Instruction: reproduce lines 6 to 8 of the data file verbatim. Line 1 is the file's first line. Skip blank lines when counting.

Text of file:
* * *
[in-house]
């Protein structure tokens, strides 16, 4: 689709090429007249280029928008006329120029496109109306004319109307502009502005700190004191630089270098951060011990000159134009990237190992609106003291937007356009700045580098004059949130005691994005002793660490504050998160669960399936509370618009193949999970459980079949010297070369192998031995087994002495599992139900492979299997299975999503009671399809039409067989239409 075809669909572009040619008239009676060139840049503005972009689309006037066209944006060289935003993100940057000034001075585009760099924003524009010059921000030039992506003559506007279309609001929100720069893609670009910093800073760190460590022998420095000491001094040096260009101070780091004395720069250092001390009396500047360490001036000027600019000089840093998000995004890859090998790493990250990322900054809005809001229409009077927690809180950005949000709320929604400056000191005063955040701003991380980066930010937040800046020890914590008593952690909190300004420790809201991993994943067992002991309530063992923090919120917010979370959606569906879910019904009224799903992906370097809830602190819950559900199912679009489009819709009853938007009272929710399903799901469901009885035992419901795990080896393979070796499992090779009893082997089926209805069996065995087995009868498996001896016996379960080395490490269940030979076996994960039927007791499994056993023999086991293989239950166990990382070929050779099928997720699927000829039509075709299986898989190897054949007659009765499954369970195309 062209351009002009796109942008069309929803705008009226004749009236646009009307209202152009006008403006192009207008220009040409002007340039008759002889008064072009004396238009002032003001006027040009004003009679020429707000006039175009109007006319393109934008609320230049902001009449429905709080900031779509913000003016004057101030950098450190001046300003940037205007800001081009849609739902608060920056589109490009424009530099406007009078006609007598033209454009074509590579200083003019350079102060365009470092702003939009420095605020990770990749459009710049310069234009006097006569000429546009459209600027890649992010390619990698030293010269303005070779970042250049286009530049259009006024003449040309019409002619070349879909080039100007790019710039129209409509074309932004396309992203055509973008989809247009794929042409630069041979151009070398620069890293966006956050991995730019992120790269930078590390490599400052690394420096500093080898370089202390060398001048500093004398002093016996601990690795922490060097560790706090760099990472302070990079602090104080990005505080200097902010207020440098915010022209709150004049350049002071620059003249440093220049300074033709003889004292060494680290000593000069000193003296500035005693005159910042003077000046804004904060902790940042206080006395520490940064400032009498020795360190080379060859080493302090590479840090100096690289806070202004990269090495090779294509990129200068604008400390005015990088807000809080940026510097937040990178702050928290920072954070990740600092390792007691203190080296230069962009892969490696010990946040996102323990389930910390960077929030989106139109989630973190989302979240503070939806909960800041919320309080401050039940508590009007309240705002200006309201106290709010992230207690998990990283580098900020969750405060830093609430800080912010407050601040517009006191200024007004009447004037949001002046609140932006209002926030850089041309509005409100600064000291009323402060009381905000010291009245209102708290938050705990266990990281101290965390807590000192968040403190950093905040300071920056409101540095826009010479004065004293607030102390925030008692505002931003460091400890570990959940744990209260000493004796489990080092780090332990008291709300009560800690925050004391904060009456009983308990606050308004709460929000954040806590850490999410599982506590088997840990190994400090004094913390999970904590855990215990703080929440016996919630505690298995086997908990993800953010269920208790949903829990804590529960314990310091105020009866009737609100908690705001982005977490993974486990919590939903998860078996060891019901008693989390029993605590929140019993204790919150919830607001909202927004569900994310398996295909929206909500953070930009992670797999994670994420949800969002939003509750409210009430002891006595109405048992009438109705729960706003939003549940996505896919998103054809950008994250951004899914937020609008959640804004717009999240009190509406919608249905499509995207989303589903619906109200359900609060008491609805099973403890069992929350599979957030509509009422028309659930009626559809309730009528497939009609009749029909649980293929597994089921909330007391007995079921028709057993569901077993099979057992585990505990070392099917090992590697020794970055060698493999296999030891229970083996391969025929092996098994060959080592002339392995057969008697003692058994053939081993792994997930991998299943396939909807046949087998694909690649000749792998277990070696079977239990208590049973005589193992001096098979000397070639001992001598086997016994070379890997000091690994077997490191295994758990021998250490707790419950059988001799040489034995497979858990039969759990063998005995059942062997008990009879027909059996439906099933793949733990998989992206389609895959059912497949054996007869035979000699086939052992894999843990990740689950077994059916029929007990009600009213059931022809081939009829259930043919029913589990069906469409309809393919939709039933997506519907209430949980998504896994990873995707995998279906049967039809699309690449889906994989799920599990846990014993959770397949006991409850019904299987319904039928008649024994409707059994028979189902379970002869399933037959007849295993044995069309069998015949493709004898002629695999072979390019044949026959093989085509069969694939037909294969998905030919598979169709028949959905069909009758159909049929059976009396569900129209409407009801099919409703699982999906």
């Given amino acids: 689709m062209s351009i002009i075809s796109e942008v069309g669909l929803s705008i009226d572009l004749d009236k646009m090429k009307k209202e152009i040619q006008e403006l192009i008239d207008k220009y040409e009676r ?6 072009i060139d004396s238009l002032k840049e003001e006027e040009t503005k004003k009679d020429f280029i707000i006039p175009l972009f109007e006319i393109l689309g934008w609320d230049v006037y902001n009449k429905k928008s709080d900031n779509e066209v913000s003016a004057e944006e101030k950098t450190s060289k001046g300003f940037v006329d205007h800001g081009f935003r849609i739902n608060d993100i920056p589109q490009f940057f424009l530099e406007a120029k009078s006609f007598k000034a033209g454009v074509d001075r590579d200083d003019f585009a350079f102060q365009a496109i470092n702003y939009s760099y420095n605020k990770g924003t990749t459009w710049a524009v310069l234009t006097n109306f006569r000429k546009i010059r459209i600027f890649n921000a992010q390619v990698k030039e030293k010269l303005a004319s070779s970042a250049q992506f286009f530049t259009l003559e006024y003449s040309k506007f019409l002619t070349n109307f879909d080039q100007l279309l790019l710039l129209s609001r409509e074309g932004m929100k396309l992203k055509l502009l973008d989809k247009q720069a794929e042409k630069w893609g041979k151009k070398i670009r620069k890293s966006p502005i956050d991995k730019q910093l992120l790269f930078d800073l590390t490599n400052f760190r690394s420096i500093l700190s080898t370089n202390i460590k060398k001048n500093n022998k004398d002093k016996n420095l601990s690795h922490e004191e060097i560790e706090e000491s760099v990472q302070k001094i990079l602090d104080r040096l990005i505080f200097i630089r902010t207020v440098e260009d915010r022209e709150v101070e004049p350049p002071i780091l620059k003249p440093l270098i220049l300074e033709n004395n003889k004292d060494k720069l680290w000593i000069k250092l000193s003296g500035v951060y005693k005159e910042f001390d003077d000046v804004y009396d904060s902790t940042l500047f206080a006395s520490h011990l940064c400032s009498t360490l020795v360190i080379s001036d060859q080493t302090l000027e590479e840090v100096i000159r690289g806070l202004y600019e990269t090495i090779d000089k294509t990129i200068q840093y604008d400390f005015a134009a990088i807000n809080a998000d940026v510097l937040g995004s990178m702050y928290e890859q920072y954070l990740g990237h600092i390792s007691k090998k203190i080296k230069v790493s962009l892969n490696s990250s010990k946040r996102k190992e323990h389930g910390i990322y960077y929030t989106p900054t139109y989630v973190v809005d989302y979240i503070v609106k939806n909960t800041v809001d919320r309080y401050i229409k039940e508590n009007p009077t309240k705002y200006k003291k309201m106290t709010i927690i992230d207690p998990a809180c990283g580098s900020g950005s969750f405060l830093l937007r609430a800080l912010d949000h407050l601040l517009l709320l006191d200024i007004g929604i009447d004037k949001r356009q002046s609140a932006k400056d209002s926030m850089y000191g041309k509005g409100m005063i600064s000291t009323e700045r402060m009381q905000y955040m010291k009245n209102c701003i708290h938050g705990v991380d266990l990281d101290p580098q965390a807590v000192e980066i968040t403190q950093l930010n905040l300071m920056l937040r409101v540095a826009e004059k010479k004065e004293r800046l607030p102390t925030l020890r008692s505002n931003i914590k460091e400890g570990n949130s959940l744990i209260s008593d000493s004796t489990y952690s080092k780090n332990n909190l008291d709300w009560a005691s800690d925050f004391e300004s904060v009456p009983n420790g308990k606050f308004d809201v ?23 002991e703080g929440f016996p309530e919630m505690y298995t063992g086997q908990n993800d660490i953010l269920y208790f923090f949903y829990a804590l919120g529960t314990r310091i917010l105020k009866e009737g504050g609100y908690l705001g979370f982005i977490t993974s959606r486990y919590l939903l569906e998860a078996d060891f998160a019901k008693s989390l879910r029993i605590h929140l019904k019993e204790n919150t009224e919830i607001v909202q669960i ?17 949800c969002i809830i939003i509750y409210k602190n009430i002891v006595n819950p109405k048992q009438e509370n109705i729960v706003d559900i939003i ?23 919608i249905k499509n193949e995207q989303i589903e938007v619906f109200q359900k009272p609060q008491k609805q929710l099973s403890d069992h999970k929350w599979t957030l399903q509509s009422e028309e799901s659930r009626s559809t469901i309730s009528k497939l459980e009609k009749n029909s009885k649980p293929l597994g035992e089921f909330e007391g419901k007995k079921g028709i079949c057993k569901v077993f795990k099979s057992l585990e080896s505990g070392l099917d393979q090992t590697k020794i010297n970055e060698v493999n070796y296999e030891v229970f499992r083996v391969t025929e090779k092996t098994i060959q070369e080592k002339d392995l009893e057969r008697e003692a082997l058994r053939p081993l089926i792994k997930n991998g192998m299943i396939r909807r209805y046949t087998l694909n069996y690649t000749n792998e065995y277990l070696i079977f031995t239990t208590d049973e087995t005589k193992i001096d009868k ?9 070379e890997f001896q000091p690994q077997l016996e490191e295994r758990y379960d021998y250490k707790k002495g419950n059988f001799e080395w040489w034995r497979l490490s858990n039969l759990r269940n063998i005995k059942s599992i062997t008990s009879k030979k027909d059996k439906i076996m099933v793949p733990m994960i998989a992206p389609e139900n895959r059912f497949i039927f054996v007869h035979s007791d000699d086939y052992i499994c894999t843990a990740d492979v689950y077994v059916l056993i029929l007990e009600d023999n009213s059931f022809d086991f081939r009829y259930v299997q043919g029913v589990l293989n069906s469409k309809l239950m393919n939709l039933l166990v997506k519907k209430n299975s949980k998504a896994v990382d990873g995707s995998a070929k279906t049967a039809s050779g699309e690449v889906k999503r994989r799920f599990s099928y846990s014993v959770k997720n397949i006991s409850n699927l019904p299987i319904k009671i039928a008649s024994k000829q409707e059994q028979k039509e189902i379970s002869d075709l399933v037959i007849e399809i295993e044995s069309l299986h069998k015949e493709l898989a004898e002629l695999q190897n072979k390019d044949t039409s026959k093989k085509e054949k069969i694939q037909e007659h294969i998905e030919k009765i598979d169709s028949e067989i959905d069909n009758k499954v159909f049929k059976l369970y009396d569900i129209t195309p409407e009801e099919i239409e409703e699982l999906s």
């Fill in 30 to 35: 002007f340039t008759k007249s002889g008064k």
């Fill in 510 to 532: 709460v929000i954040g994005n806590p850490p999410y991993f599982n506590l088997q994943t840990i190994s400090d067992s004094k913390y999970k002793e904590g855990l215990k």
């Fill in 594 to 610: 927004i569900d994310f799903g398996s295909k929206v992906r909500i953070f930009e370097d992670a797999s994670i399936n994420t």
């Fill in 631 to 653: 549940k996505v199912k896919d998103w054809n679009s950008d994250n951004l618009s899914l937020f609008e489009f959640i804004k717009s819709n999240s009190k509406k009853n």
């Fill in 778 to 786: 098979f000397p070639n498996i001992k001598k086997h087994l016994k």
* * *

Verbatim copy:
């Fill in 594 to 610: 927004i569900d994310f799903g398996s295909k929206v992906r909500i953070f930009e370097d992670a797999s994670i399936n994420t």
């Fill in 631 to 653: 549940k996505v199912k896919d998103w054809n679009s950008d994250n951004l618009s899914l937020f609008e489009f959640i804004k717009s819709n999240s009190k509406k009853n």
């Fill in 778 to 786: 098979f000397p070639n498996i001992k001598k086997h087994l016994k």